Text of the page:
While I have never applied to the college, the question on my mind right now is equally as challenging. The Fed has been vocal and steadfast in its approach to addressing inflation; its main monetary policy tool is seemingly acting as a catalyst to a new savings & loan crisis.
Is this a storm in a teacup? A precursor to a Lehman Brothers-type event? And what is in the toolbox to navigate the road ahead?
Three decades in three years
This week’s FOMC meeting is set against a backdrop of sticky inflation, several US regional banks looking for white knights and the knowledge that US banks have tapped the Fed’s various short-term funding facilities to the tune of $165bn (discount window and BTFP) in a week!
The parallels with the monetary policy and economic conditions of the 70s, 80s and 90s are worthy of the often-touted Mark Twain quote. And while the Fed might be determined to control inflation, causing another banking crisis would not be a desirable result.
A delicate balancing act or stuck between a rock and a hard place
By the close Monday, the dollar had softened, treasury yields were a touch higher, and credit spreads had tightened in after blowing out early in the session. So far so good: a general indicator of a rotation (albeit a cautious one) back into risk assets.
But – and it is a big one – the Fed still need to hike rates and by doing so they risk aggravating the delicate funding situation in the US banks, which clearly over the last fortnight has been exposed as a somewhat systematic risk. Of course if it does not do anything, then it risks sending the wrong message to the market, and would likely fail in its mission to control inflation.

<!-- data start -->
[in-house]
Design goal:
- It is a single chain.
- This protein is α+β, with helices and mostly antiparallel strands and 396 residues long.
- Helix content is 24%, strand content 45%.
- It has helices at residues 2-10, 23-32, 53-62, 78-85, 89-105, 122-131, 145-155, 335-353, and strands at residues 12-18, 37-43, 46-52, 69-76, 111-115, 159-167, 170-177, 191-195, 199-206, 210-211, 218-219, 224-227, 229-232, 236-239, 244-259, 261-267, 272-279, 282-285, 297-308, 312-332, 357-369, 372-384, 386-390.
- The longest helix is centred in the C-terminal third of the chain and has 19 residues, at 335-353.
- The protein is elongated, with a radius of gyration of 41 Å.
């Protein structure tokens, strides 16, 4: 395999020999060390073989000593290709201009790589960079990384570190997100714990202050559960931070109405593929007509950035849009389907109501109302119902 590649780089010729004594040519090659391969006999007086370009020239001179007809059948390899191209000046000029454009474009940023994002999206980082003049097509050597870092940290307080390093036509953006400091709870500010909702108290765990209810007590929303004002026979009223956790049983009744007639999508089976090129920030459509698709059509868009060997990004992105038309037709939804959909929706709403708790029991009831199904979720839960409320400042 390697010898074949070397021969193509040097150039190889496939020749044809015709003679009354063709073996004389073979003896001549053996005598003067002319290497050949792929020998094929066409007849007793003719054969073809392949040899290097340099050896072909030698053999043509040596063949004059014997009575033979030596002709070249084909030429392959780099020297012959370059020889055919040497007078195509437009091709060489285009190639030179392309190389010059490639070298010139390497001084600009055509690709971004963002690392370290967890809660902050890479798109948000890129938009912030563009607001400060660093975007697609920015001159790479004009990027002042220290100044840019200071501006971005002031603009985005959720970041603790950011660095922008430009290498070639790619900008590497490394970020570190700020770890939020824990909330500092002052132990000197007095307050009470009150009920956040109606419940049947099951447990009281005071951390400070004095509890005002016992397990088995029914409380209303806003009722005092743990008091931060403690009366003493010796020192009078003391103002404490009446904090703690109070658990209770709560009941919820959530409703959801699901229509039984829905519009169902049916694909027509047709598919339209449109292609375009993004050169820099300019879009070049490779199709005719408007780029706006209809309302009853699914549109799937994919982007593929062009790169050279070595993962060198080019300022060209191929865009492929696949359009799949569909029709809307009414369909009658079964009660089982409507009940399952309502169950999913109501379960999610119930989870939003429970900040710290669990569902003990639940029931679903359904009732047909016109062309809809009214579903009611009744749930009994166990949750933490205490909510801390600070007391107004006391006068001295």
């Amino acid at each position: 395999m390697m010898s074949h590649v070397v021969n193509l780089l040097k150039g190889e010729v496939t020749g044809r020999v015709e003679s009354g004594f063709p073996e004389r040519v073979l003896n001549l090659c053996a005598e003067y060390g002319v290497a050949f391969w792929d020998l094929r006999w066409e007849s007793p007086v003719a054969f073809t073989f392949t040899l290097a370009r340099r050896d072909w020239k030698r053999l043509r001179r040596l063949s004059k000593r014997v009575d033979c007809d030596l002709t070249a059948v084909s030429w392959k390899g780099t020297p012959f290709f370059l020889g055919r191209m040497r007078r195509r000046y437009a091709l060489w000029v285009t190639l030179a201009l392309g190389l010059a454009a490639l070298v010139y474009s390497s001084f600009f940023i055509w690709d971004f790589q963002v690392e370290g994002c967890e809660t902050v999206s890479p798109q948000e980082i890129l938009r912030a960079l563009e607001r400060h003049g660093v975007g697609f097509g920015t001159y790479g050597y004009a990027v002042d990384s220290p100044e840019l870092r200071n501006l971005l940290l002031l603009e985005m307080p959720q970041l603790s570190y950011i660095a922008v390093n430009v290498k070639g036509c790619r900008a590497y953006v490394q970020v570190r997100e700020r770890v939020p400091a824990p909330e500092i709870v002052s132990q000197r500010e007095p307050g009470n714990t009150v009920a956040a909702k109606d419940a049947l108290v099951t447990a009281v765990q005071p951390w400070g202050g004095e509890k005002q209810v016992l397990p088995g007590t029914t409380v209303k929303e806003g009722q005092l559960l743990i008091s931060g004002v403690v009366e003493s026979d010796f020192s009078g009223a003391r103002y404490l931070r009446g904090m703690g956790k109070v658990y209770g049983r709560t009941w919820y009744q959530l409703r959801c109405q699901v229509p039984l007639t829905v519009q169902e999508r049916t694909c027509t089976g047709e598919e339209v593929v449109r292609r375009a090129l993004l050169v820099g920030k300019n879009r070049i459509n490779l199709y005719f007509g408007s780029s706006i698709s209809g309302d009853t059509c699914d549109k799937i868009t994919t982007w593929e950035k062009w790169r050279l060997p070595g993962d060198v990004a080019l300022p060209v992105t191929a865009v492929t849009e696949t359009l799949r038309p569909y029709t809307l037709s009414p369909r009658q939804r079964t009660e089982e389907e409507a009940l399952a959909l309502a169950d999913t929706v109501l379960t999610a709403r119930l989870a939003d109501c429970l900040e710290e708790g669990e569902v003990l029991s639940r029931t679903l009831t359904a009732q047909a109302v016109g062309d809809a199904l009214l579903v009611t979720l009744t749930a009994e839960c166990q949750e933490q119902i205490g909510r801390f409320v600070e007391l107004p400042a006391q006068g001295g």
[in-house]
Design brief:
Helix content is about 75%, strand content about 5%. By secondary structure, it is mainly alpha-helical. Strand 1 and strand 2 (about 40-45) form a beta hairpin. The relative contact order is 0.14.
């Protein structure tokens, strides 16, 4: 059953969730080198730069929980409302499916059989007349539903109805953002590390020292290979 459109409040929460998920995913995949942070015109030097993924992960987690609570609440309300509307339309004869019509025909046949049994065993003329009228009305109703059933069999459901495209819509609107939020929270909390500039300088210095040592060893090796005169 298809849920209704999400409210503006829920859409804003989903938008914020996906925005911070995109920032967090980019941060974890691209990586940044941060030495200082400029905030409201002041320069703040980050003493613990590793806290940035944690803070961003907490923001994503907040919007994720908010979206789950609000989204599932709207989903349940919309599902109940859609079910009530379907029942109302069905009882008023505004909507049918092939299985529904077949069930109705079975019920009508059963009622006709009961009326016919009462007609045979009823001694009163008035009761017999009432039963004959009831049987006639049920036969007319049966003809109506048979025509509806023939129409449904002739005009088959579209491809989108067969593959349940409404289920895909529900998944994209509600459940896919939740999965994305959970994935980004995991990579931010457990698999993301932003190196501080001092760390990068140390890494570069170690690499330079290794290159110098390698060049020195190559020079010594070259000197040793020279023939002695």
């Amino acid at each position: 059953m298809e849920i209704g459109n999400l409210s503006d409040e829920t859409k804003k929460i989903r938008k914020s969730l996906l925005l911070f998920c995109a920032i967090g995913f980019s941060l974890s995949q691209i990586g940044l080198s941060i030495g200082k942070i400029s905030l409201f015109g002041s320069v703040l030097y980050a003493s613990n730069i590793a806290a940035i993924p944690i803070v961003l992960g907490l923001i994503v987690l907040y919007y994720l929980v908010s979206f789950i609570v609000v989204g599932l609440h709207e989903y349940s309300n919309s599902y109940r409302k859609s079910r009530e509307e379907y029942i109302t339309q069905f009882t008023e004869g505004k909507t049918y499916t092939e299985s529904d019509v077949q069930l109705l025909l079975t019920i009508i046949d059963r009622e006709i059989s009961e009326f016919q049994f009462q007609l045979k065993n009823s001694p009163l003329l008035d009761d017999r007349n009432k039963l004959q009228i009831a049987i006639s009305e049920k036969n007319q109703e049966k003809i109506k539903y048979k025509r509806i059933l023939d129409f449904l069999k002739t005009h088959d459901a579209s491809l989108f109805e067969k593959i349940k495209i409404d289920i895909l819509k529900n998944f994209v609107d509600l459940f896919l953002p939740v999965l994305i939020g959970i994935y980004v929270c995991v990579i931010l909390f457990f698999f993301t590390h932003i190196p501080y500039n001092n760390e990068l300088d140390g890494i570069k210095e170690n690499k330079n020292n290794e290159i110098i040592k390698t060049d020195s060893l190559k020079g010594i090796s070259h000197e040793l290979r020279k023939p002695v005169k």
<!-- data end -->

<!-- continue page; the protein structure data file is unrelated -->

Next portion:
The market is pricing in 2x 25bps hikes: one this week, and again in May; June is too close to call and then we head into summer with a rate cut from July: changing gears rather than a pivot at this stage, one would say.
But I had caution that Lehman collapsed six months after the Bear Stearns bailout, and the effect of the rate hikes might take months to filter through into the real economy.
So, what about risk assets?
What I like (in no particular order), but on the proviso that one needs to be in the market!
Firstly equities: businesses which generate cash, not companies that burn it. Non-cyclical and staples, defendable business models with moats.
Secondly bonds: as Credit Suisse AT1 bond holders found out this weekend, not all bonds are issued equal. Investment grade credit often has more duration risk, and high yield more credit risk (very generally speaking), keeping duration short makes sense, but not if default risk is material.
Thirdly, real assets: I like the cheap inflation-linked cashflows, the critical nature of the assets, underpinned by structural factors and the generally lower volatility and correlation than to traditional equities and bonds.
But we do need to see net asset values become more dynamic, reflecting the observable comparable data points in the public markets.
In summary, the market is looking for direction, the Fed is looking for data points and investors are looking to preserve their capital and generate returns.
Optionality is invaluable right now, so swapping out long-duration credit for short-duration credit makes sense to me, as does picking up cheap inflation-linked cash flows.
This gives investors a free option on the direction of the markets. Green shoots appear, increase the equity bias, deep recession, extend the IG credit/duration bias, inflation remains sticky or sideways market, increase the listed real asset bias. Simple.
Pietro Nicholls is the lead fund manager to the VT RM Alternative Income fund and chair of Empowered Brands.
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